Sixty-five years later, Douglas Freeman would credit his own success to the example his father had provided in adversity: “Any man is apt to lose his way. The test of his manhood and of his intelligence is to find a new way” (David E. Johnson, Douglas Southall Freeman [Gretna, LA: Pelican, 2002], 35).

Douglas’ proclivity for success and hard work is truly inspiring. After earning his bachelor’s degree from Richmond College (now the University of Richmond), Freeman enrolled in Johns Hopkins University’s graduate program and in 1908 was awarded the Doctor of Philosophy in history, with subordinate applications in political science and political economy. Freeman was ready to tackle the world—almost.

He had once considered a calling to the ministry, but chose not to and entered a season of doubt about his faith. But while still a young man, he returned to the faith of his fathers through an invitation to speak in a dingy, “skid row” Richmond, Virginia mission. As the service began, the former drunks, thieves, and derelicts, their faces aglow with the glory of the new birth, stood up one by one and gave testimony to the life changing power of Christ’s forgiveness. “I saw men as sinful, perhaps, as I was who had been lifted out of themselves. If it works for them, it may work for me,” he wrote (81).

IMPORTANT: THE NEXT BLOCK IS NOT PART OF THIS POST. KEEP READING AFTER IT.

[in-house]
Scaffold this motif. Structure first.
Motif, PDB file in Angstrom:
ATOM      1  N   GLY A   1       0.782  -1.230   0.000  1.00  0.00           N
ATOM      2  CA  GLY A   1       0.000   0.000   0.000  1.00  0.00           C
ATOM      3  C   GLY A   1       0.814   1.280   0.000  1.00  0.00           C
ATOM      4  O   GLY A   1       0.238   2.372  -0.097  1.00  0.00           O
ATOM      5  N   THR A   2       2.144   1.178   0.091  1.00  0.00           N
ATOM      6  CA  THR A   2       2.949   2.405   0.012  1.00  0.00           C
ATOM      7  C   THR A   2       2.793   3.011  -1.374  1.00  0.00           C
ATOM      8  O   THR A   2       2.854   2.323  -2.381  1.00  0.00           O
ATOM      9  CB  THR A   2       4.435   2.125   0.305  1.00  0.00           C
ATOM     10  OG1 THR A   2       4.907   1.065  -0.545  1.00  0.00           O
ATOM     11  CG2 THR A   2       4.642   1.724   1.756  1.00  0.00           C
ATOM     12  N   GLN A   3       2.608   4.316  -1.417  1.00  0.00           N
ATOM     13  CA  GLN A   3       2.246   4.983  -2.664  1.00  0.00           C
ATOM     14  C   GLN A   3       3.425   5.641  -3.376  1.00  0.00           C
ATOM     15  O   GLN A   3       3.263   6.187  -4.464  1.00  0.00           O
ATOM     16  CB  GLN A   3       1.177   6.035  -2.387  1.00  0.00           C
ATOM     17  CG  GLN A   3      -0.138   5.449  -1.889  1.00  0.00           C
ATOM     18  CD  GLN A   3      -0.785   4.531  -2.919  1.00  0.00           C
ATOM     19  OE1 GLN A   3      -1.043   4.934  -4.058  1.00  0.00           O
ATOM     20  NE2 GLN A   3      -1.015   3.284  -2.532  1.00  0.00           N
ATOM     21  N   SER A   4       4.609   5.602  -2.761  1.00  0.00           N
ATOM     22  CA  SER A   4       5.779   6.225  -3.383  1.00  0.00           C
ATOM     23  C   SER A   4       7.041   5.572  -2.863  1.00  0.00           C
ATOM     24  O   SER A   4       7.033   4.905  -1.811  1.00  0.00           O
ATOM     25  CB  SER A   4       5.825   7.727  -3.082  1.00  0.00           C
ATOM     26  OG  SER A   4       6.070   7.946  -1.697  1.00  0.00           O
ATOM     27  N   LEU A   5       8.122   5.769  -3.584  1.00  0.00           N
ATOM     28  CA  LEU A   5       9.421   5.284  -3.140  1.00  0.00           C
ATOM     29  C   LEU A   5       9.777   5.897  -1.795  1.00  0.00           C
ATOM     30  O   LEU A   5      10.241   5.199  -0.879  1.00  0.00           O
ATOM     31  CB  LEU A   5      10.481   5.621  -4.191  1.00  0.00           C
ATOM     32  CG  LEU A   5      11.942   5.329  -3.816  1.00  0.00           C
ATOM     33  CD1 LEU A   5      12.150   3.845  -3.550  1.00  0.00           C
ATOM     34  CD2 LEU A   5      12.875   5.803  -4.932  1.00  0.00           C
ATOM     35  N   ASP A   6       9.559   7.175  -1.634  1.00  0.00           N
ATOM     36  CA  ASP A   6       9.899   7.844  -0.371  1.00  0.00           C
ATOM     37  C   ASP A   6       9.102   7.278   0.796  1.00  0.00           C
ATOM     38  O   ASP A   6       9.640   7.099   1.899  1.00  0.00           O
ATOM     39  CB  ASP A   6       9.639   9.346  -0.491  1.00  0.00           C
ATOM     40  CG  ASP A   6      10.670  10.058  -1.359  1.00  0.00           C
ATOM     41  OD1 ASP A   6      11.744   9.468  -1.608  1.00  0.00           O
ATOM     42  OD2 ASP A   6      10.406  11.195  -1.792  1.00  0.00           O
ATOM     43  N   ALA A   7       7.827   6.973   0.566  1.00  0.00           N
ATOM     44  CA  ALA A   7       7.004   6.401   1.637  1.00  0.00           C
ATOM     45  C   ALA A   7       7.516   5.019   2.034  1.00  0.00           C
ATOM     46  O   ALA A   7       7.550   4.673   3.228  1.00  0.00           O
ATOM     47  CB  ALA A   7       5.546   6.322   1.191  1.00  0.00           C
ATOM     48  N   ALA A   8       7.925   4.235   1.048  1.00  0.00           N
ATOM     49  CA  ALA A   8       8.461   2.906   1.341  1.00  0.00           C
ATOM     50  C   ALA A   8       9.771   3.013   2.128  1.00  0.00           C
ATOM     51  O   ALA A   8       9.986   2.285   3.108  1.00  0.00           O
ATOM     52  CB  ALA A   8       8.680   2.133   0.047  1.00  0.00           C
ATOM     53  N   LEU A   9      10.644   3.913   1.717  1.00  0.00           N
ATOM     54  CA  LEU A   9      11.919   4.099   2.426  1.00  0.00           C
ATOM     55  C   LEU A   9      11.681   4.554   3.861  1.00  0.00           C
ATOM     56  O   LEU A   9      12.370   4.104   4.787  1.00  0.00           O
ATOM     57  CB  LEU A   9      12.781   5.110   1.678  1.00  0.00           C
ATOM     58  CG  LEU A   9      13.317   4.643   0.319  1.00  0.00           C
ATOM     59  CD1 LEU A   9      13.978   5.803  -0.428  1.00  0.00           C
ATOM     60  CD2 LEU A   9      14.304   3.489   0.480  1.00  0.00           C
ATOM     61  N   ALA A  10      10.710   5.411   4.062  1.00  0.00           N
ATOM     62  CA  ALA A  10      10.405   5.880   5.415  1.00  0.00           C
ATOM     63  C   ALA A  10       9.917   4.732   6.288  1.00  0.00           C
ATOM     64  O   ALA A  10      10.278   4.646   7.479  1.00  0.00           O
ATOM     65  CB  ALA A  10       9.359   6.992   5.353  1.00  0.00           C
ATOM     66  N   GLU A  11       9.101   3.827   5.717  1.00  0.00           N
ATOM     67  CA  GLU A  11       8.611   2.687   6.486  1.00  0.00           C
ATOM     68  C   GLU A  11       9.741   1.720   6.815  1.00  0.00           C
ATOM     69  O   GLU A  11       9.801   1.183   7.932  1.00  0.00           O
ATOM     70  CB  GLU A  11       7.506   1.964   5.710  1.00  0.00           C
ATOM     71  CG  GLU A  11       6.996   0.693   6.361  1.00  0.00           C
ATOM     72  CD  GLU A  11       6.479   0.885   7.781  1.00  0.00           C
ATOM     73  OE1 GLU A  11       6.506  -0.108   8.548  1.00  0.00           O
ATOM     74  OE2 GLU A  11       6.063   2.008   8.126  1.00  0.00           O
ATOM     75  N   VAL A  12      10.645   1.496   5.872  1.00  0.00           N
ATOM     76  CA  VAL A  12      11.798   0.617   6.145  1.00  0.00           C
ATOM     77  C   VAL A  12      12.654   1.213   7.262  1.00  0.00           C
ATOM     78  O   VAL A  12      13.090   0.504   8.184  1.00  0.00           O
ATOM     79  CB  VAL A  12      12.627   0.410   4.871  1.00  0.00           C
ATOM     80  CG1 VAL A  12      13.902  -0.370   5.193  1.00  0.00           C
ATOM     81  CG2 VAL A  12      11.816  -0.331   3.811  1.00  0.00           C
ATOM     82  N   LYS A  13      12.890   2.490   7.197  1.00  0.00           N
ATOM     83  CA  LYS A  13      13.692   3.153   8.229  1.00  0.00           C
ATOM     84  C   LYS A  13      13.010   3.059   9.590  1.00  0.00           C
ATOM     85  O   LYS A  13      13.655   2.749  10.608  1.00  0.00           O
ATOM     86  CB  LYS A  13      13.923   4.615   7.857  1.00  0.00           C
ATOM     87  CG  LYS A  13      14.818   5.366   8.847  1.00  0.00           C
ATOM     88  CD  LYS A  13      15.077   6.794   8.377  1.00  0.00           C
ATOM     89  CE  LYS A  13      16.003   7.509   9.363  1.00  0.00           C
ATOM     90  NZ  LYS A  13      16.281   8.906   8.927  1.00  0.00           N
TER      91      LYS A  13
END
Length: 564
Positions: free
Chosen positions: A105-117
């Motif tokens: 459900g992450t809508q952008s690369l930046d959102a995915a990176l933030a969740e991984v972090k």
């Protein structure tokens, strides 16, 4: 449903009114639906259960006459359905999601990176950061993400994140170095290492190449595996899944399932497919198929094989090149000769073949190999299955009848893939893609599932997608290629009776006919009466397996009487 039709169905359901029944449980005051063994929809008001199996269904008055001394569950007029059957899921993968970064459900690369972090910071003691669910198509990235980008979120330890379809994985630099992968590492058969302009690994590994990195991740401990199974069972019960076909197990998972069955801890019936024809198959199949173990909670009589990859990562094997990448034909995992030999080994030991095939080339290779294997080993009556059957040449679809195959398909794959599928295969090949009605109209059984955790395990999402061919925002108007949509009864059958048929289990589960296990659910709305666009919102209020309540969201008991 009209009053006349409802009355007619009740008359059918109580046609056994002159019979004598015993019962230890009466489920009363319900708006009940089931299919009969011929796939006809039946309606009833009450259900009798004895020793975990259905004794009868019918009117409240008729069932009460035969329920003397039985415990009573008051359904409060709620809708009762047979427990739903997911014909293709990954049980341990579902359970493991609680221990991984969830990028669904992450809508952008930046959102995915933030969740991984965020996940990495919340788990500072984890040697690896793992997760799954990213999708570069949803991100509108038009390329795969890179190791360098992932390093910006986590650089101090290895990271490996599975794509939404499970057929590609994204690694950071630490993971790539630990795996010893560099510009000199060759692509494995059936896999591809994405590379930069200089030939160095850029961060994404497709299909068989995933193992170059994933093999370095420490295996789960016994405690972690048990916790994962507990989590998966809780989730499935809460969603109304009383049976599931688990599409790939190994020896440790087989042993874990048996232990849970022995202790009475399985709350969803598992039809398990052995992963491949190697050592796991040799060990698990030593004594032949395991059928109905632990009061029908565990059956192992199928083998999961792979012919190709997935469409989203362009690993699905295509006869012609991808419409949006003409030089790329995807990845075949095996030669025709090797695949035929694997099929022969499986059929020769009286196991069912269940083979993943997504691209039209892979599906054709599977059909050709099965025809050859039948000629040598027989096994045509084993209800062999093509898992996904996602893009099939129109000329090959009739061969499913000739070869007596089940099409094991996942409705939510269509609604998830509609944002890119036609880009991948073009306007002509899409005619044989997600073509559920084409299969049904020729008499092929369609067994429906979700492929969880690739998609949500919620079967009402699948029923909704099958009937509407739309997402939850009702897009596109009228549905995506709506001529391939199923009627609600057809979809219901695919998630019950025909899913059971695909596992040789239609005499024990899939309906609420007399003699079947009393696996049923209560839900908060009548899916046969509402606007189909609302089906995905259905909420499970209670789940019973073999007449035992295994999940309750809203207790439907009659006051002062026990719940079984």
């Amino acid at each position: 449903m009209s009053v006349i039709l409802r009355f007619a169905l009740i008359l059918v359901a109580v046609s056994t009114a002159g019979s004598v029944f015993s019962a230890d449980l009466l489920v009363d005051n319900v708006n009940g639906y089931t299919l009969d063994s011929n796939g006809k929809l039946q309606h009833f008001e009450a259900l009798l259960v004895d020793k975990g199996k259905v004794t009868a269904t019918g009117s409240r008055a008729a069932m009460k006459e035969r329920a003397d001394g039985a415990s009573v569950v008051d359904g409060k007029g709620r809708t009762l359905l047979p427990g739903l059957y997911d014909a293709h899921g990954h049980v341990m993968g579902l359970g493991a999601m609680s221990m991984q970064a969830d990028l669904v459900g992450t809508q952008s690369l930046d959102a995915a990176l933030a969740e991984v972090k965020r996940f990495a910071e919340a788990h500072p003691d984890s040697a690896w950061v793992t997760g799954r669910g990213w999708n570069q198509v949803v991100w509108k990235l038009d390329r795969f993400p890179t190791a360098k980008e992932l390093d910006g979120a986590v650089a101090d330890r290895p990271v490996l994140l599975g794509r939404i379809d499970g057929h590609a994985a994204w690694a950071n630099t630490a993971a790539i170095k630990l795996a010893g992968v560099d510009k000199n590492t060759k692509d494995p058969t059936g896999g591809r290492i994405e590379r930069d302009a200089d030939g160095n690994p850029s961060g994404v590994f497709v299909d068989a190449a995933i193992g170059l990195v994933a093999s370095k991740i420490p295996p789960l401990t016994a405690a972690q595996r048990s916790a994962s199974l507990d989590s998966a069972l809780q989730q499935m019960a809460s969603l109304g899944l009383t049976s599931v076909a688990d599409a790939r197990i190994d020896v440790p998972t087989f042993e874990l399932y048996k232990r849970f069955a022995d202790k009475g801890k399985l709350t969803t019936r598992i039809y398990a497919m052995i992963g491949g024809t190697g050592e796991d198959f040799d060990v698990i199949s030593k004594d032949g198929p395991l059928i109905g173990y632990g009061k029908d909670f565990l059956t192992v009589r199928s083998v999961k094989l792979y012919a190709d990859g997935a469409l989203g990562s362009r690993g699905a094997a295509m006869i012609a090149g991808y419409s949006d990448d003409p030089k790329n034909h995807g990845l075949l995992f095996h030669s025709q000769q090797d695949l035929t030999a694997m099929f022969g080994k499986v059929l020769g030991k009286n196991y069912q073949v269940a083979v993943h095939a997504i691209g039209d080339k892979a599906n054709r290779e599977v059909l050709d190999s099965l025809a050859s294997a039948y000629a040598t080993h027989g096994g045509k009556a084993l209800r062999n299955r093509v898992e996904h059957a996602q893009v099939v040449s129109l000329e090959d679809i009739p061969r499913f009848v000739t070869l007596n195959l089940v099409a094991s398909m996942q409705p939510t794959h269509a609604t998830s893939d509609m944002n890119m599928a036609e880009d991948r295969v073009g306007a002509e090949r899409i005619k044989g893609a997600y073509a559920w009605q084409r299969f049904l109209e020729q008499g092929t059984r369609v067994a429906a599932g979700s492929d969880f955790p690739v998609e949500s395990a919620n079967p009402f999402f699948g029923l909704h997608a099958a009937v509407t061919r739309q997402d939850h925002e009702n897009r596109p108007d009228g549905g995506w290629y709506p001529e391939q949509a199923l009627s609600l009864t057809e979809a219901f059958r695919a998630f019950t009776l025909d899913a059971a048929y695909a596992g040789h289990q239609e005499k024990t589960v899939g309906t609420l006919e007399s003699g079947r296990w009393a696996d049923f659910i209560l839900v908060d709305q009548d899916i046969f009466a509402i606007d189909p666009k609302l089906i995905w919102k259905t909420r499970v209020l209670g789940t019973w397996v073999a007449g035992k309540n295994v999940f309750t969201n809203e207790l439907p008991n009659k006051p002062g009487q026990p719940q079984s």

Freeman would always refer to that service as the time he committed himself to “try to lead the Christ life,” and he came to realize it was God’s will that he write: “Every man must have his work, and that is mine—to labour earnestly, to labour honestly, and bring out something that may be worth men’s while to read” (66). So he “went to work for the Kingdom . . . I saw what the name of Jesus was doing with men, how this power was transforming their lives” (144).